Passle undertook research last year on the top 200 UK law firms, to find out how they engage online, with a focus on knowledge pieces produced, Twitter activity, and Klout scores. The research is freely available here to law firms wanting to find out how they rank compared to the UK top 200.

Putting these individual reports together made me curious as to how the situation might have developed in this first quarter of 2015, as well as how law firms engage with different social media channels beyond Twitter. So I decided to undertake some preliminary research to get a better idea of the current situation.

Which channels are the most used?

In last year’s The American Lawyer’s survey, it was ascertained that Linkedin is the ‘one social network most lawyers feel most comfortable in using’. Looking at the UK top 50 law firms suggests that this is the case across the pond, with every law firm having a Linkedin company page. By contrast, 12% of the top 50 don’t have a Google Plus account, and 25% do not have an official Facebook page. Twitter fares better with only two law firms in the top 50 without an open account.

I was expecting Facebook to be more popular with law firms than it was, so this result was a bit of a surprise! Law firms predominantly seem to use Facebook to host graduate or trainee pages, with 50% using the younger demographic of that channel to recruit or promote their programmes. They do this by having a Facebook page devoted to it (sometimes instead of an official page for the firm itself).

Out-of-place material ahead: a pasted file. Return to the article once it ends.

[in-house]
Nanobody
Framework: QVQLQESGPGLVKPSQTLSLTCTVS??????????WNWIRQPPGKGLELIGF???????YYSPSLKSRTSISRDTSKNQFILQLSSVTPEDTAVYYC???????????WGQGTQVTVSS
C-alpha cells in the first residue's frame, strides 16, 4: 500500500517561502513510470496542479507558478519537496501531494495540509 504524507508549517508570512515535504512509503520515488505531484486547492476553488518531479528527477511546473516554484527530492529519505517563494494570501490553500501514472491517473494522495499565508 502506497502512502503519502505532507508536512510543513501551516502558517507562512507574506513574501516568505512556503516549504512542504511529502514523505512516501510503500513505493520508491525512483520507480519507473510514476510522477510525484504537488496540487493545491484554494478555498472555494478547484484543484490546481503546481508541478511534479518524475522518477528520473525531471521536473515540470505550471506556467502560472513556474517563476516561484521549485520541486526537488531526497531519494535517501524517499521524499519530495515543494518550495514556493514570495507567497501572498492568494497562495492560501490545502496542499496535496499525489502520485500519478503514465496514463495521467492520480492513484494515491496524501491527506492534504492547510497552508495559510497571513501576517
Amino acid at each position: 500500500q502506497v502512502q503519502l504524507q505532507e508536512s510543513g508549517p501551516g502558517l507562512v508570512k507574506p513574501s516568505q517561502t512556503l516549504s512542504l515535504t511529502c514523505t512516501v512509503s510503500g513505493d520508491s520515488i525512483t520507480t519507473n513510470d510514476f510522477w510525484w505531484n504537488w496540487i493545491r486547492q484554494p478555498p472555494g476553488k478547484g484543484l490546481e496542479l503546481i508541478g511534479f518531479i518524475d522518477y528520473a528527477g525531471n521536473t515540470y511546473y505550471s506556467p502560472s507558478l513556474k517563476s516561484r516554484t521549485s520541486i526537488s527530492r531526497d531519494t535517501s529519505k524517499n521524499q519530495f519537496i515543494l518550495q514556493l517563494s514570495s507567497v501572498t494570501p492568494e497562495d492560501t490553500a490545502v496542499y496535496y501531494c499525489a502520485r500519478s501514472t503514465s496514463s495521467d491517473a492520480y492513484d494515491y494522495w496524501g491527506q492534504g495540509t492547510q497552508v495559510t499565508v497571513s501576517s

Comparing the number of followers on Google + and Linkedin, suggests that the former isn't being terribly effective. The top 50 combined have around 1,232 followers on Google Plus, compared to 370,305 followers on Linkedin. Last year, the top 50 UK law firms had 196,385 followers on Twitter, a number that I expect will have increased significantly this year.

Of course, high numbers of followers do not necessarily translate to high engagement rates, but an early conclusion would be to encourage law firms to concentrate on Linkedin and Twitter over Google Plus.

When no activity is better than the wrong kind

The practice of having a ‘placeholder’ page is prevalent both on Google Plus and Linkedin pages for law firms. In other words, their company pages have a complete description, but no recent activity.

Many of the Facebook pages had as their most recent post a status dating from early 2013, something not unusual to also see on Google Plus, Linkedin, or Twitter either.

If a law firm has limited marketing resources, I would recommend the placeholder option over having out of date information on display – the latter makes you look careless (and might make a prospective client wonder if you are still current). It’s better not to have a page or account at all, than one that looks half done!